The house is named “Rainbow’s End.”

“When we were walking around on the farm and trying to decide where to build our house, a sudden rain shower came up,” Susan explained.

“We ran under the trees and when the rain let up, we looked out and there was a rainbow over the whole farm.  And it bent down and touched the earth right on top of this hill.

“I remember saying to Sam, ‘that’s it. That’s where we’ll build our house.’”

And so they did.

Martha Stewart has nothing on Susan Arbogast.

She keeps lovely flower beds, several gardens, apple trees, currents, blueberries and raspberries.

She cans all manner of vegetables such as tomatoes, beans and beets, and freezes broccoli, peas, corn and blueberries.

She makes applesauce, and she is learning how to keep bees.

She and Sam have several draft horses, one of which is a mare with a new foal.

The view from their home of rolling tree-covered mountaintops gives one the feeling of being on top of the world.

Looking at their farm yard, one could easily mistake the scene for a Currier and Ives print.

Susan has two grown children, Sam has three, and between them, they have 16 grandchildren – “plus one youngster who feels like a grandson” – and two great-grandchildren.

“I love having a big family,” Susan said. “I love having everyone over for meals, and I really like cooking for them.

“As I said,” she continued, getting back to her bread baking story, “I like baking bread.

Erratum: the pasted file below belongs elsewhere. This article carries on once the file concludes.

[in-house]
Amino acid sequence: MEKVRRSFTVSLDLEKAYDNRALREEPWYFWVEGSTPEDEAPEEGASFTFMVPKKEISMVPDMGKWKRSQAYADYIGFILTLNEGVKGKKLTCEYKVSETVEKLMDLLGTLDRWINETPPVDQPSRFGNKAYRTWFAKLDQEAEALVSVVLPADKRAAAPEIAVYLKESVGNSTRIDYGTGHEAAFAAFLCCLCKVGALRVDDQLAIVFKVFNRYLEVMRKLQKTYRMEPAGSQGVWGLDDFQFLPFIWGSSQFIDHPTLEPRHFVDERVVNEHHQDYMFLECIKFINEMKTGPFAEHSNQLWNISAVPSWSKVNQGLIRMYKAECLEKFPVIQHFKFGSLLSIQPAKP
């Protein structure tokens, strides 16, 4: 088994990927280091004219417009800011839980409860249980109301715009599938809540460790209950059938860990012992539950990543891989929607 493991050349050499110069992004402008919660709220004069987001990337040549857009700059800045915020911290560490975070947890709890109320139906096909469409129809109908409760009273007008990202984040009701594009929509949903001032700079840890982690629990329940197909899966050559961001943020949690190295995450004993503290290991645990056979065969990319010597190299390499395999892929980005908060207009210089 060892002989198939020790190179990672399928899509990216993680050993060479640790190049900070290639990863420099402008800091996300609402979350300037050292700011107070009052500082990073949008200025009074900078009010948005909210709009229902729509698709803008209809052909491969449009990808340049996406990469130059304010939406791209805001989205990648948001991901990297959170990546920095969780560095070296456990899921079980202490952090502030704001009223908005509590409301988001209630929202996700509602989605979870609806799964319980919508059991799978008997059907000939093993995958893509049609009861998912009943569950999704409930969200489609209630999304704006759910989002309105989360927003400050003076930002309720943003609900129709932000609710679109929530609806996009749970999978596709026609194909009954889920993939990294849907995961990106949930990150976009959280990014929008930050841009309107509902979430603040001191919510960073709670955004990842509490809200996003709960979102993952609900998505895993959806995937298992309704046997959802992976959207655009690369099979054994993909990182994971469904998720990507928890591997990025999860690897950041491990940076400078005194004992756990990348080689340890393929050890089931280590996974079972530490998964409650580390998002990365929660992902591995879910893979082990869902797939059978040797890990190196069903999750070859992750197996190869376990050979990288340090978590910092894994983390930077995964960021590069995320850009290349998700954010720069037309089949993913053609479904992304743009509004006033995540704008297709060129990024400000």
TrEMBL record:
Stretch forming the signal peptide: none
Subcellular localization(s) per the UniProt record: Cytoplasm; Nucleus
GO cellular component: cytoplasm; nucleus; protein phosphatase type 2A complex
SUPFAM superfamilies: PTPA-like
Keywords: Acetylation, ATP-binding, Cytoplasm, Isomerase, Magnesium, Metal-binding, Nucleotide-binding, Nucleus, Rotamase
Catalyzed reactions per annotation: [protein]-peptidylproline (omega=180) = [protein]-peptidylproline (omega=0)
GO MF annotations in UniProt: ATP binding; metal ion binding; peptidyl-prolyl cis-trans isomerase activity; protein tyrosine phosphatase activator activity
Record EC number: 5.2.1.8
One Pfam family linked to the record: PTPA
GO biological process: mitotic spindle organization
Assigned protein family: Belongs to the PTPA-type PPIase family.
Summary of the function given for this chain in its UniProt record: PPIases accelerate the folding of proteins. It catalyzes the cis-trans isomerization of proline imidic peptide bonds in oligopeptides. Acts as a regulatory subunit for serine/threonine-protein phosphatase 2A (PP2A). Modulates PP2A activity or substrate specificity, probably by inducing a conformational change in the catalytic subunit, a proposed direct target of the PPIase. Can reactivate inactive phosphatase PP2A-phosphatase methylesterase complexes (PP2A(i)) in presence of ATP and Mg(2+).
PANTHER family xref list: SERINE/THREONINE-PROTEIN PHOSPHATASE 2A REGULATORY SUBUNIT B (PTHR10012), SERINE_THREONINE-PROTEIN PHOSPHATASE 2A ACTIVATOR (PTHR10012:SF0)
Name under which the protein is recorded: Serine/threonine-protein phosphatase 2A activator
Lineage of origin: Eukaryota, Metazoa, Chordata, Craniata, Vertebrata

“I’d done it for years. We ground our own wheat and cornmeal.”

She makes biscuits using the recipe from the original Betty Crocker cookbook, “and Sam says they taste just like his mother’s,” Susan said proudly.

It’s rare that Susan doesn’t have blueberry muffins, cornbread, waffles or banana bread ready for visits from the grandchildren.

“Sam really loves homemade bread,” Susan explained.

“He loved his mother’s salt rising bread – she made five loaves every Saturday.

“For years,” Susan began, “even though I was working, I always found time to bake bread.”

She’s been an elementary school teacher at Hillsboro Elementary, then Marlinton Elementary and now, back at Hillsboro Elementary.

“But about a year ago I just stopped baking loaf bread.”

This, gentle readers, is a story that should be of encouragement to anyone who has trouble baking bread and may blame it on inexperience.

“One day, the bread just didn’t turn out well,” Susan stated flatly. “I don’t know why. It just wasn’t up to par.

“I started having trouble every time I’d make bread. I tried different flours and different yeasts.

“It still didn’t taste right.

“So I just gave up making bread for a whole year,” she said, as we tear off another bite of what I’m thinking is the best tasting “pita” bread I’ve ever had.

“But now I’m feeling inspired to start making it again,” she said, smiling.

I’m going to go out on a limb here and say, I think that’s a very good idea.

Something tells me, Susan Arbogast’s got this.

Middle Eastern Bread
1 package dry yeast
1 1/4 cup cup warm water
1 Tbsp. olive oil
2 1/2 cups flour (Susan uses King Arthur organic unbleached bread flour)
1 tsp. salt
Course Salt

Dissolve yeast in water and mix in olive oil. Stir in flour and salt. Let rise 1 hour. Punch down. It will be gooey. Place the dough on an olive-oiled pizza stone or baking sheet. Spread the dough into a round shape, and pat and stretch it until it is very thin. Bake at 350º for 12-to-15 minutes.

If not brown on top, brush with olive oil and brown under the broiler for a few minutes. Remove from oven and sprinkle course salt on top.